The Polka Dot Pumpkin

Yesterday was a fine day, an excellent day. We set up our table at the Habitat for Humanity Fall Festival and Craft Show and began hauling books and decorative items from the car. As far as I could tell, I (representing Camden Writers) was the only vendor without a tent. Who knew? Not I. No worries, though. My first customers said they had two tents and indicated I could use one next time.

Next time? Will there be a next time?

In some ways it would have been easier to leave the group’s books at our various homes, packed up in boxes, perhaps stored under a bed. But we had worked long and hard crafting (I had to get crafting in the blog somewhere after being asked what a book had to do with a craft) our pieces, and a few of us decided it was time to be bolder about sharing our stories. As luck would have it, I was the only person available to attend the event.

I was nervous, but things went well. Here’s why: I listened to story after story, a couple that verified the saying, “Truth is stranger than fiction.” I asked questions and learned that there are many people out there who are slogging away on family memoirs and children’s books. I say “slogging” because I think that’s how many writers feel.

One of my props was an orange bowl of chocolate candy, and towards the middle of the day, two boys who appeared to be around ten or eleven appeared and asked about the books. I told them I wasn’t sure they were the kinds of books they’d be interested in, and when one of them asked what they were about, I said, “Stories, just stories people wanted to share.”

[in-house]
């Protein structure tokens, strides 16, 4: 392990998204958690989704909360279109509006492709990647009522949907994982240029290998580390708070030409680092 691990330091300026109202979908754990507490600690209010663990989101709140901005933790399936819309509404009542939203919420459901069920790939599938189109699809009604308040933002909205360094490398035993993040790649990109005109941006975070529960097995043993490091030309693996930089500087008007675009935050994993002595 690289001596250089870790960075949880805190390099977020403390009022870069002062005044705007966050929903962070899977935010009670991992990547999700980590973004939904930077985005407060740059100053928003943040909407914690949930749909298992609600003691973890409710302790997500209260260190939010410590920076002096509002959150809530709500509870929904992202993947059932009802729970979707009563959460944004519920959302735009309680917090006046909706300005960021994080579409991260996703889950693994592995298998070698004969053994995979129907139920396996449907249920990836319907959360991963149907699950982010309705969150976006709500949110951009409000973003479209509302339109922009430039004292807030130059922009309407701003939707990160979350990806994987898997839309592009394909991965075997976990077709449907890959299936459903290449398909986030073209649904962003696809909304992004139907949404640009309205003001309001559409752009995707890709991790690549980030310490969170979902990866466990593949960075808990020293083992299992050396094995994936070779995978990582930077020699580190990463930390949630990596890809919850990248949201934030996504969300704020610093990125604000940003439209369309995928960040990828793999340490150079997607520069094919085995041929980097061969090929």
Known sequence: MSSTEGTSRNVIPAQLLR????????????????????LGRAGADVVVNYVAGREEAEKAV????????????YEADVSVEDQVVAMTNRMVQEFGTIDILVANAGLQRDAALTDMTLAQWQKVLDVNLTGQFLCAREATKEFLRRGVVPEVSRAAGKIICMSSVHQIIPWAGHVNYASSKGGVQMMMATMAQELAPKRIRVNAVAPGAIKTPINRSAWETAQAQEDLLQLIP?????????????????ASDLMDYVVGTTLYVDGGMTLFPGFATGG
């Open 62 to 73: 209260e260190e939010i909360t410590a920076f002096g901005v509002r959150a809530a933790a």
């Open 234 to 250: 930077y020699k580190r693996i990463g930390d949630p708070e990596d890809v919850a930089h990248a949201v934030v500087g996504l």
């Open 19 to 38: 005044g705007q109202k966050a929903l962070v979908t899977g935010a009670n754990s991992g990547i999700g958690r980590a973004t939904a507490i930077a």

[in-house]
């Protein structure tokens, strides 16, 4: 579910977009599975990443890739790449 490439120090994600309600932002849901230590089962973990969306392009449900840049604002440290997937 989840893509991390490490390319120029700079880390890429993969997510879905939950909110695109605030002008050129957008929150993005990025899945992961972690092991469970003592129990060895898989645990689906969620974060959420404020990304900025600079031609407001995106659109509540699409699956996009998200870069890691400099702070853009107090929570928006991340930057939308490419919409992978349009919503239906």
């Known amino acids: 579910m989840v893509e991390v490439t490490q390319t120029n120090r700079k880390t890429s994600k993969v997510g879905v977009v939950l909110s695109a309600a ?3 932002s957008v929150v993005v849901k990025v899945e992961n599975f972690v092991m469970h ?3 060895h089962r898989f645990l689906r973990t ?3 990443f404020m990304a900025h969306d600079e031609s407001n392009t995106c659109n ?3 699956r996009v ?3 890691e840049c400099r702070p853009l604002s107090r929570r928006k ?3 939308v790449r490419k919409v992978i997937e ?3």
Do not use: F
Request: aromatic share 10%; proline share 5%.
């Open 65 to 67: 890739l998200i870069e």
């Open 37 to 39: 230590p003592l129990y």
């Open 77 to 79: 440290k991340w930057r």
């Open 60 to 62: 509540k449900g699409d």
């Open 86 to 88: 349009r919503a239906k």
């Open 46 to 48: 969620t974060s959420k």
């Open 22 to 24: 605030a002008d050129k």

“I can tell you a story,” he said, eagerly tearing the wrapper from a Twix bar.

Delighted, I encouraged him. “Wait, let me get my pen and notebook before you start talking.” As he talked, his friend seemed spellbound as he listened to every word. The first draft of Matthias’ story is below. Maybe someday I’ll see him again and help with a second draft and maybe a third and fourth until he gets it just right. In the meantime, here’s what I hurriedly scribbled as Matthias talked.

“Once upon a time there was a tiny pumpkin, tinier than all the tiny pumpkins in the world. All of the pumpkins made fun of him. They laughed. They dumped him in water. He was different from all the other pumpkins. He was fragile. He was a white pumpkin that had orange spots.

“One day Halloween appeared. Halloween asked him if he could drive his deer sleigh. The pumpkin told Halloween, “You don’t want me. I’m just a screw-up.” Halloween looked at him and said, ‘No matter how big or small, you can always help.’”

“So the tiny pumpkin climbed onto the sleigh and gave the kids baskets, treats, and costumes. He gave them 3 Musketeers, Hershey bars, and all the other kinds of chocolate candy. All of the other pumpkins looked at him and knew that after that day the polka dot pumpkin would never be the same.

“The next day he went to see the other pumpkins, and they had a surprise for him. It was a birthday party. He was eleven years old. The pumpkins knew they would always take care of him and look after each other. No other pumpkin, big or small, was ever alone again.” Matthias Fox

Will there be a next time at a craft show, book festival, or community event? Definitely. Otherwise, I might miss hearing some cool stories and meeting some interesting people.

Posted in books, fall festivals, stories, story telling, Uncategorized, writing | Tagged , , , , , , | 1 Comment

Conferences, Critiques, and Contests